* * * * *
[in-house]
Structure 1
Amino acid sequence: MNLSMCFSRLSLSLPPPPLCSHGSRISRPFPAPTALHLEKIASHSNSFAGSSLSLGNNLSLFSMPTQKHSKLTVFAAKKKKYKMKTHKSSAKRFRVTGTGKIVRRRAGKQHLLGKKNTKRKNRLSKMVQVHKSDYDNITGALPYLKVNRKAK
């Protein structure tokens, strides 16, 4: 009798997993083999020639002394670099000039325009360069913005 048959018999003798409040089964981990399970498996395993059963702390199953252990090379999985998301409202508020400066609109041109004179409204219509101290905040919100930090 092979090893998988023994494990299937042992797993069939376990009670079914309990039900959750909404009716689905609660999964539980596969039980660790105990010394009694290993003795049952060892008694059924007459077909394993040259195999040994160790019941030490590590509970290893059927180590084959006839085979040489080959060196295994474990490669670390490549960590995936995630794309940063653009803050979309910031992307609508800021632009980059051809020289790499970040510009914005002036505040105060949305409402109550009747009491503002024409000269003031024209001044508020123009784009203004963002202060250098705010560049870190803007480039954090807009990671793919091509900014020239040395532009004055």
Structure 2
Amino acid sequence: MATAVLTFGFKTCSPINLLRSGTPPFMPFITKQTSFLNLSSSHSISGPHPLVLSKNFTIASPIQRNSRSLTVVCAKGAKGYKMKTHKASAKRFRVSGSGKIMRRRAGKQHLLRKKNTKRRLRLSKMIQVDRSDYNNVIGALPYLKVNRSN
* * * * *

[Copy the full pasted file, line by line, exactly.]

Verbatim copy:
[in-house]
Structure 1
Amino acid sequence: MNLSMCFSRLSLSLPPPPLCSHGSRISRPFPAPTALHLEKIASHSNSFAGSSLSLGNNLSLFSMPTQKHSKLTVFAAKKKKYKMKTHKSSAKRFRVTGTGKIVRRRAGKQHLLGKKNTKRKNRLSKMVQVHKSDYDNITGALPYLKVNRKAK
């Protein structure tokens, strides 16, 4: 009798997993083999020639002394670099000039325009360069913005 048959018999003798409040089964981990399970498996395993059963702390199953252990090379999985998301409202508020400066609109041109004179409204219509101290905040919100930090 092979090893998988023994494990299937042992797993069939376990009670079914309990039900959750909404009716689905609660999964539980596969039980660790105990010394009694290993003795049952060892008694059924007459077909394993040259195999040994160790019941030490590590509970290893059927180590084959006839085979040489080959060196295994474990490669670390490549960590995936995630794309940063653009803050979309910031992307609508800021632009980059051809020289790499970040510009914005002036505040105060949305409402109550009747009491503002024409000269003031024209001044508020123009784009203004963002202060250098705010560049870190803007480039954090807009990671793919091509900014020239040395532009004055």
Structure 2
Amino acid sequence: MATAVLTFGFKTCSPINLLRSGTPPFMPFITKQTSFLNLSSSHSISGPHPLVLSKNFTIASPIQRNSRSLTVVCAKGAKGYKMKTHKASAKRFRVSGSGKIMRRRAGKQHLLRKKNTKRRLRLSKMIQVDRSDYNNVIGALPYLKVNRSN